Suckier — Something similar happens with the other important characters in Time of the Twins. The gladiators, Kiiri and Pheragas, the priests, Quarath and Denubis, and the slavers, Raag and Arack, aren’t given anywhere near the time they need to fulfill their potential as characters — not even as supporting characters. Kiiri and Pheragas are supposed to be important to Caramon, but we’re left to assume and accept their importance based on some barely developed camaraderie. Quarath, Arack and Raag are supposed to be the story’s supporting villains, but they never movie beyond the Sneak, the pseudo-Mobster and the Muscle. Denubis (who returns later in the series) is the one true cleric left for Crysania to meet, and just as we are beginning to like him he disappears with an old, father-time style, Elven cleric. And all this is suckier.

    Suckiest — Tasslehoff Burrfoot. Tas is a favourite from the Dragonlance Chronicles. He is the lovable kender from who befriended a god and imbued the original stories with a sense of wonder. The authors lost their way with his character, though. He was designed to be a full-grown adult from a race cursed with insatiable curiousity and no fear. He is touched by the War of the Lance, and he learns how to fear for the lives of those he loves, which should make for a more mature character, a wiser more sober character. But Weis & Hickman blow it. They turn Tas into a little boy. He feels like an insufferable, annoying, spoiled four year old. And that is the suckiest of all.

    Excellent Bits:
    Excellent — All those sucky problems are offset by some cool stuff, though. One excellent element of Time of the Twins is Lady Crysania. She’s second in commmand of the newly revived Order of Paladine — cold, haughty, and utterly convinced of her natural superiority. But all that changes when she meets and is challenged by Raistlin, the dark wizard who has become the “Master of Past and Present.” Her intellectual awakening at the hands of Raistlin is excellent.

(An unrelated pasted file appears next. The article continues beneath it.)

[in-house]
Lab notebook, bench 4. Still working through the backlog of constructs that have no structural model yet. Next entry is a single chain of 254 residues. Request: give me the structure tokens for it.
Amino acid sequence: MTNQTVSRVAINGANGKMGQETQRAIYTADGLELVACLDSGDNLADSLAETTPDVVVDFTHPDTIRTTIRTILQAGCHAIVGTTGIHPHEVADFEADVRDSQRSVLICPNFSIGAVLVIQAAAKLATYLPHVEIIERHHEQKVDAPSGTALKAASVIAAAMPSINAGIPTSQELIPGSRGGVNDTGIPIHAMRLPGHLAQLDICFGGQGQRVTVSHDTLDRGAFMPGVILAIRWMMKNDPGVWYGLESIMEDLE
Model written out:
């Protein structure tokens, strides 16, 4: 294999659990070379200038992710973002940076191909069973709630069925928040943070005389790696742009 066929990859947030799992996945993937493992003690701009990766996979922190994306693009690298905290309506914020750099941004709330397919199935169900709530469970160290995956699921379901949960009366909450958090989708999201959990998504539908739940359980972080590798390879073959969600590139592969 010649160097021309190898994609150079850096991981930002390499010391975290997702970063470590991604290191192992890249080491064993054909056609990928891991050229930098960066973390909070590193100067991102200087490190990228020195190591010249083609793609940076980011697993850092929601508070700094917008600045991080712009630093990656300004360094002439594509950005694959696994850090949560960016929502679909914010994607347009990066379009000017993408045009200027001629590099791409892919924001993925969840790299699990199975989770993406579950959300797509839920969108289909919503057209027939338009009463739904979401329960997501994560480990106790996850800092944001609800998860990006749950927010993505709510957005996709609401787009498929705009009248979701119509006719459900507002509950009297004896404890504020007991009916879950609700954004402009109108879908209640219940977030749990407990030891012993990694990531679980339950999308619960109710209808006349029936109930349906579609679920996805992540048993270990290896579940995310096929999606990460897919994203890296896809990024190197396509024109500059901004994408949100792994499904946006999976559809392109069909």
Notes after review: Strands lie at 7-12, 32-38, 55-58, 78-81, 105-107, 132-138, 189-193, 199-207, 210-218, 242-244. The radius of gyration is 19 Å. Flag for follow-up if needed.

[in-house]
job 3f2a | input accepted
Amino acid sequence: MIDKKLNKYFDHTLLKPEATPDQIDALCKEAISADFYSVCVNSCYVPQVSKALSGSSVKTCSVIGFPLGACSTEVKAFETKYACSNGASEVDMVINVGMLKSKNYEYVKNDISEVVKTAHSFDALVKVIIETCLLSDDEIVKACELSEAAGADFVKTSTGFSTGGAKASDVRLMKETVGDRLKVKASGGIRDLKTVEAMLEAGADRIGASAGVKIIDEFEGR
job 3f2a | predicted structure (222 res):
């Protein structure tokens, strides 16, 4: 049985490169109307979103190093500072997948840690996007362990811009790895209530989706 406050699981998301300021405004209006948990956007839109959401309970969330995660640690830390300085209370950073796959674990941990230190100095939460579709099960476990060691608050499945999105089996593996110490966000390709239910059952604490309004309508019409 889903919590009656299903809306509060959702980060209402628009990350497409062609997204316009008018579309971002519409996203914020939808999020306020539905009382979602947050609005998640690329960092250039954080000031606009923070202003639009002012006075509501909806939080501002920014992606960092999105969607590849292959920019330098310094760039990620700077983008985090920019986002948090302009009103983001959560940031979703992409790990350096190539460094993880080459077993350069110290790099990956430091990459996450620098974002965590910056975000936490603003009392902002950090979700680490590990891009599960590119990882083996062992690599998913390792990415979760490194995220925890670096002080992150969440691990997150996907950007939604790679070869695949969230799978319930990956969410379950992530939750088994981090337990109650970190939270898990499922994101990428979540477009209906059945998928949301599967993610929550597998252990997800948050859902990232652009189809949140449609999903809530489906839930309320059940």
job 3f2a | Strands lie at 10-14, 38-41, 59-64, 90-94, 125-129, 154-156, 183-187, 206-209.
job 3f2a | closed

Excellenter — Caramon Majere, twin brother of Raislin, has his own struggle, but his is more a recovery than an awakening. He’s a broken man when the story begins: broken by war, broken by being unnecessary when there’s none left to kill, broken by his love for his brother. His story is the simplest, but also one of the most emotionally satisfying. Not a false note is struck in Caramon’s rebirth, and there is even a promise of something more to come. This is even excellenter.

    Excellentest — Nothing compares to the opening chapter in Raistlin’s journey to become a god, however. Time of the Twins is Raistlin’s tale, and when he’s onstage the story is better than any other thing Weis & Hickman have collaborated on. Raistlin does terrible things, it’s true; he wears black robes (the mark of an evil wizard on Krynn), he murders people, he hungers for power, he manipulates and controls, he lies, and the god he wants to replace is Takhisis, the Queen of Darkness. He is a bad ass extraordinaire. But he also cares. He cares about dignity, he cares about the poor, he cares about the meek, he cares about his friends, he cares about his brother. He shows mercy, compassion and wisdom that no other character in all six of the core Dragonlance books possesses. He may be a badass, but he’s also a hero, making him one of my all time favourite Fantasy characters. Raistlin’s story is the excellentest part of Time of the Twins.

    The biggest problem with Dragonlance Legends, then, and the main reason for the suckiness in Time of the Twins, is that each installment of the three part series needed three parts to be fully realized. This series should have stretched over nine volumes, only then could it have achieved its full potential. But that’s okay. I love it anyway. Even with all its flaws (yeah…I know…it’s probably a nostalgia thing).